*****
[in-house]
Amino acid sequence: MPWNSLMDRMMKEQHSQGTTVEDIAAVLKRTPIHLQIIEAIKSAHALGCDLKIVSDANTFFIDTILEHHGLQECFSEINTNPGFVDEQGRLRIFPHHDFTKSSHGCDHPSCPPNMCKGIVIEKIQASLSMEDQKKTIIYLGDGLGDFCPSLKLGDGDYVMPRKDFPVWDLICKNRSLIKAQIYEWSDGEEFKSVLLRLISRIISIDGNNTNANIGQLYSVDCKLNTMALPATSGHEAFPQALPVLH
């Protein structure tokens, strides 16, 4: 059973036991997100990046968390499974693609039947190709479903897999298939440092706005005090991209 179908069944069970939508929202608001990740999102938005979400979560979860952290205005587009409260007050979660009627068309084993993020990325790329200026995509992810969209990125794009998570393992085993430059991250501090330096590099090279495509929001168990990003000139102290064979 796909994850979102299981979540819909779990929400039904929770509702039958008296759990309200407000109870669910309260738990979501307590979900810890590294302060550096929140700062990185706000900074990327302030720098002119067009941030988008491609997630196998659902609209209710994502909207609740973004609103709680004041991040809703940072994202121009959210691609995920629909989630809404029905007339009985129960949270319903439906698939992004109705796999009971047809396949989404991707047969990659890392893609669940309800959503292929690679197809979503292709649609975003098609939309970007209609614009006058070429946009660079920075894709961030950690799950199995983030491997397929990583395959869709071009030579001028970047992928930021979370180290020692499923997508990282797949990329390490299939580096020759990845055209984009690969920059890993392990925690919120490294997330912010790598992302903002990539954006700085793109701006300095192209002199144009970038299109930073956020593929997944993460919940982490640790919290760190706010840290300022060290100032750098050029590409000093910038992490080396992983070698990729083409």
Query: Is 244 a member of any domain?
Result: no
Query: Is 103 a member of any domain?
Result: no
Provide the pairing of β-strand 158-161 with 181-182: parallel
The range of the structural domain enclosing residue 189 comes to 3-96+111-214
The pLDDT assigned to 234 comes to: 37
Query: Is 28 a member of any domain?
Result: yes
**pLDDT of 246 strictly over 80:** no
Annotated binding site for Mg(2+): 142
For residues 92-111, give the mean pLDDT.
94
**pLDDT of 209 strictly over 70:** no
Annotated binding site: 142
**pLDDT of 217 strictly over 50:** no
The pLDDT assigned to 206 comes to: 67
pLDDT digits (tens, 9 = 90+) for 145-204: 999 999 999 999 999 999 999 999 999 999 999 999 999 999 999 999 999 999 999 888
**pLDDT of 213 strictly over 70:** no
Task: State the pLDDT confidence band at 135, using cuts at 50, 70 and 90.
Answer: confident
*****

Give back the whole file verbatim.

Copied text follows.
[in-house]
Amino acid sequence: MPWNSLMDRMMKEQHSQGTTVEDIAAVLKRTPIHLQIIEAIKSAHALGCDLKIVSDANTFFIDTILEHHGLQECFSEINTNPGFVDEQGRLRIFPHHDFTKSSHGCDHPSCPPNMCKGIVIEKIQASLSMEDQKKTIIYLGDGLGDFCPSLKLGDGDYVMPRKDFPVWDLICKNRSLIKAQIYEWSDGEEFKSVLLRLISRIISIDGNNTNANIGQLYSVDCKLNTMALPATSGHEAFPQALPVLH
């Protein structure tokens, strides 16, 4: 059973036991997100990046968390499974693609039947190709479903897999298939440092706005005090991209 179908069944069970939508929202608001990740999102938005979400979560979860952290205005587009409260007050979660009627068309084993993020990325790329200026995509992810969209990125794009998570393992085993430059991250501090330096590099090279495509929001168990990003000139102290064979 796909994850979102299981979540819909779990929400039904929770509702039958008296759990309200407000109870669910309260738990979501307590979900810890590294302060550096929140700062990185706000900074990327302030720098002119067009941030988008491609997630196998659902609209209710994502909207609740973004609103709680004041991040809703940072994202121009959210691609995920629909989630809404029905007339009985129960949270319903439906698939992004109705796999009971047809396949989404991707047969990659890392893609669940309800959503292929690679197809979503292709649609975003098609939309970007209609614009006058070429946009660079920075894709961030950690799950199995983030491997397929990583395959869709071009030579001028970047992928930021979370180290020692499923997508990282797949990329390490299939580096020759990845055209984009690969920059890993392990925690919120490294997330912010790598992302903002990539954006700085793109701006300095192209002199144009970038299109930073956020593929997944993460919940982490640790919290760190706010840290300022060290100032750098050029590409000093910038992490080396992983070698990729083409």
Query: Is 244 a member of any domain?
Result: no
Query: Is 103 a member of any domain?
Result: no
Provide the pairing of β-strand 158-161 with 181-182: parallel
The range of the structural domain enclosing residue 189 comes to 3-96+111-214
The pLDDT assigned to 234 comes to: 37
Query: Is 28 a member of any domain?
Result: yes
**pLDDT of 246 strictly over 80:** no
Annotated binding site for Mg(2+): 142
For residues 92-111, give the mean pLDDT.
94
**pLDDT of 209 strictly over 70:** no
Annotated binding site: 142
**pLDDT of 217 strictly over 50:** no
The pLDDT assigned to 206 comes to: 67
pLDDT digits (tens, 9 = 90+) for 145-204: 999 999 999 999 999 999 999 999 999 999 999 999 999 999 999 999 999 999 999 888
**pLDDT of 213 strictly over 70:** no
Task: State the pLDDT confidence band at 135, using cuts at 50, 70 and 90.
Answer: confident